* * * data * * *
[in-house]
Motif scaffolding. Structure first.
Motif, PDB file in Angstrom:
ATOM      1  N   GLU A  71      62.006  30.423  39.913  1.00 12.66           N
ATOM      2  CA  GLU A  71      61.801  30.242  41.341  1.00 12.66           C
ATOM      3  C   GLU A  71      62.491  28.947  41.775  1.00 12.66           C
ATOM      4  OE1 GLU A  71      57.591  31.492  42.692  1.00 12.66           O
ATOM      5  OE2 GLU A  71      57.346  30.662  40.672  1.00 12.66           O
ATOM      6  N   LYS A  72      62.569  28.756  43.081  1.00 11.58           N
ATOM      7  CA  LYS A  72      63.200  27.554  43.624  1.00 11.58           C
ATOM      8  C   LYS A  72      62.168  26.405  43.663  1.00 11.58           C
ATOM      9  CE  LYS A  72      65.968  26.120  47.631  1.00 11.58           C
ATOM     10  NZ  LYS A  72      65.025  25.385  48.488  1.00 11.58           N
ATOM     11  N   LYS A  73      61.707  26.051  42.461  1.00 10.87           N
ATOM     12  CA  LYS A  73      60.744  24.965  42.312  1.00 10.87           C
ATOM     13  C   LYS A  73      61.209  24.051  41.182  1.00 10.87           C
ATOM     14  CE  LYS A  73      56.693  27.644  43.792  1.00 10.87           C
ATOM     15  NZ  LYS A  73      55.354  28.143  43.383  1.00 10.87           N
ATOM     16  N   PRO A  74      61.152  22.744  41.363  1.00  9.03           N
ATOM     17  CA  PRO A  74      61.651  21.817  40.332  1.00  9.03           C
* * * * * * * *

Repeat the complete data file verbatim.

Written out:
[in-house]
Motif scaffolding. Structure first.
Motif, PDB file in Angstrom:
ATOM      1  N   GLU A  71      62.006  30.423  39.913  1.00 12.66           N
ATOM      2  CA  GLU A  71      61.801  30.242  41.341  1.00 12.66           C
ATOM      3  C   GLU A  71      62.491  28.947  41.775  1.00 12.66           C
ATOM      4  OE1 GLU A  71      57.591  31.492  42.692  1.00 12.66           O
ATOM      5  OE2 GLU A  71      57.346  30.662  40.672  1.00 12.66           O
ATOM      6  N   LYS A  72      62.569  28.756  43.081  1.00 11.58           N
ATOM      7  CA  LYS A  72      63.200  27.554  43.624  1.00 11.58           C
ATOM      8  C   LYS A  72      62.168  26.405  43.663  1.00 11.58           C
ATOM      9  CE  LYS A  72      65.968  26.120  47.631  1.00 11.58           C
ATOM     10  NZ  LYS A  72      65.025  25.385  48.488  1.00 11.58           N
ATOM     11  N   LYS A  73      61.707  26.051  42.461  1.00 10.87           N
ATOM     12  CA  LYS A  73      60.744  24.965  42.312  1.00 10.87           C
ATOM     13  C   LYS A  73      61.209  24.051  41.182  1.00 10.87           C
ATOM     14  CE  LYS A  73      56.693  27.644  43.792  1.00 10.87           C
ATOM     15  NZ  LYS A  73      55.354  28.143  43.383  1.00 10.87           N
ATOM     16  N   PRO A  74      61.152  22.744  41.363  1.00  9.03           N
ATOM     17  CA  PRO A  74      61.651  21.817  40.332  1.00  9.03           C